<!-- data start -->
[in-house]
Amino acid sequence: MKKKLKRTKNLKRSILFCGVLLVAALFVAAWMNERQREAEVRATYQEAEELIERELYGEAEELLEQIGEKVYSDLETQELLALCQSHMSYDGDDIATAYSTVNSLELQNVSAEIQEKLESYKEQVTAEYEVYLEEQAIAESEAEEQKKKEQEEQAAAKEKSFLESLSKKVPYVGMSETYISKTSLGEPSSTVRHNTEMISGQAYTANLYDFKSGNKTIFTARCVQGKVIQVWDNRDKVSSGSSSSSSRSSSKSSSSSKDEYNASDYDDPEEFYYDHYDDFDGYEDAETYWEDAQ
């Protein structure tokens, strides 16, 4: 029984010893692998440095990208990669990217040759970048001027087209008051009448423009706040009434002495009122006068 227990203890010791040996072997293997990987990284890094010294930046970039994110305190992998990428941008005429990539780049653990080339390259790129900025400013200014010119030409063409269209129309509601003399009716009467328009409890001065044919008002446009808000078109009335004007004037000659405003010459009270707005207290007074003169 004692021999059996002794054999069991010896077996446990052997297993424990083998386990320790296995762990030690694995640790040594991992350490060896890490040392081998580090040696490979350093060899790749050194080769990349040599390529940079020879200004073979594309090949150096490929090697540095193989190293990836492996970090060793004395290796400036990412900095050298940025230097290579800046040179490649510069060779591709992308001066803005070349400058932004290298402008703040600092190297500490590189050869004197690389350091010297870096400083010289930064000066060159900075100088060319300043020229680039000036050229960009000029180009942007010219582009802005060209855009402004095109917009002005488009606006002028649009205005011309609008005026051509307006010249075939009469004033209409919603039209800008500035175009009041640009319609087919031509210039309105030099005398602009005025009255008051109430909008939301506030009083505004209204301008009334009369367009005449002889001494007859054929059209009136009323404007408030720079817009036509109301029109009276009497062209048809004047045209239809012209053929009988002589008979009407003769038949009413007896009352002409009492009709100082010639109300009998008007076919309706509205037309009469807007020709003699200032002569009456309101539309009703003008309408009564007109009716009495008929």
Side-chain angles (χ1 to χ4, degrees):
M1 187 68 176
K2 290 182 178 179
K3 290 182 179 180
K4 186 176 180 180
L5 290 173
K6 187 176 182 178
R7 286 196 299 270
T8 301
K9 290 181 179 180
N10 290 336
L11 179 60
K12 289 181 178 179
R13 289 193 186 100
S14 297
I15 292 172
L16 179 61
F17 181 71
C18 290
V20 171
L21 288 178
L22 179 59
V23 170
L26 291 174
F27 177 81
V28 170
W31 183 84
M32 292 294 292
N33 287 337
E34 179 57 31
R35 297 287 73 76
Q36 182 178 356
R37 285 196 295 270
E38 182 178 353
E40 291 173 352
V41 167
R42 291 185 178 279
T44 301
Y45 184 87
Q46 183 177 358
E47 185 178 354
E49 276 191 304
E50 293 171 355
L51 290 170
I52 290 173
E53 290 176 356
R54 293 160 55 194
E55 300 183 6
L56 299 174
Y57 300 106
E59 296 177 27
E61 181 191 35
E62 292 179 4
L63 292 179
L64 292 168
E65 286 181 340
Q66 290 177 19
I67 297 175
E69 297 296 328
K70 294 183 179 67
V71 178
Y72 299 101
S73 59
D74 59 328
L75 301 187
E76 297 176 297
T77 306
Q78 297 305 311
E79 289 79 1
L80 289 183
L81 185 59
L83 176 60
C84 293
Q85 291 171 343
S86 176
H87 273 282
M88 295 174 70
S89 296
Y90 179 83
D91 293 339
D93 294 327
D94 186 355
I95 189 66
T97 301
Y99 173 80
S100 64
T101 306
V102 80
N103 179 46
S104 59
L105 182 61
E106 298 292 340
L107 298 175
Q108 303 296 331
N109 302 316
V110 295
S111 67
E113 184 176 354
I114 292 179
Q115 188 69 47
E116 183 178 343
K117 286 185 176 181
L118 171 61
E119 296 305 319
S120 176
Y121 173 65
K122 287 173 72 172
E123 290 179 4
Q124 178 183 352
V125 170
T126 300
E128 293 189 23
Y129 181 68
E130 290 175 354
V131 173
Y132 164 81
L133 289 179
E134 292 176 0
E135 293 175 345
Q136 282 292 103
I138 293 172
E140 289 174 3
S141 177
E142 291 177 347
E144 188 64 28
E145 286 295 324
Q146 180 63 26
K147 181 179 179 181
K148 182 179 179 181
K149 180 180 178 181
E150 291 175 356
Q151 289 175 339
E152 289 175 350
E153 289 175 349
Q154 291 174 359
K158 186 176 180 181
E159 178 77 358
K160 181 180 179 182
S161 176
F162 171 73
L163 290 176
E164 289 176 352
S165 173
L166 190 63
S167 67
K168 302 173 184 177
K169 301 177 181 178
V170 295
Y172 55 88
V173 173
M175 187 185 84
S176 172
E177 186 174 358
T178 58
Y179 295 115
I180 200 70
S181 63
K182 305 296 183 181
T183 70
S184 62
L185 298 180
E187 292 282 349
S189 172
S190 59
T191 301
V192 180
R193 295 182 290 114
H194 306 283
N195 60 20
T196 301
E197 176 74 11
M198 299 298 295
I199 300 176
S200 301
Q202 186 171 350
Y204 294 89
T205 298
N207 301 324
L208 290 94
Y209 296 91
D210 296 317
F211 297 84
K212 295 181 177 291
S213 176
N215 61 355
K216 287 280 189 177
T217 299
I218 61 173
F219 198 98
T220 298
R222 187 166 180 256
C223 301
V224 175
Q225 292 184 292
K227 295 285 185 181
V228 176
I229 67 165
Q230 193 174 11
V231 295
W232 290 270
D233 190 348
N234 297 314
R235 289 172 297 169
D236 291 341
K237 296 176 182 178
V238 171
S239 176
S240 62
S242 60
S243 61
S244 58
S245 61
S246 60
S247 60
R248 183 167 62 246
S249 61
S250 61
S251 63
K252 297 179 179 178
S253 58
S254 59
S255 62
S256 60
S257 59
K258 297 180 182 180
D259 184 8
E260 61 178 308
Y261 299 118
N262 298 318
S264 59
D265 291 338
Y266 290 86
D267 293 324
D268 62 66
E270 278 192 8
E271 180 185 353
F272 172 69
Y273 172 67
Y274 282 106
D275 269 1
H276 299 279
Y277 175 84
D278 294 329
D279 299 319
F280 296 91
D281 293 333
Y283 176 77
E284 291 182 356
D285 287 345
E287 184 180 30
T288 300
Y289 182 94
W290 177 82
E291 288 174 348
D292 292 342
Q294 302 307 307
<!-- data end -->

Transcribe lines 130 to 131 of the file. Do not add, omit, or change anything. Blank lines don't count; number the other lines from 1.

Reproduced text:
Q146 180 63 26
K147 181 179 179 181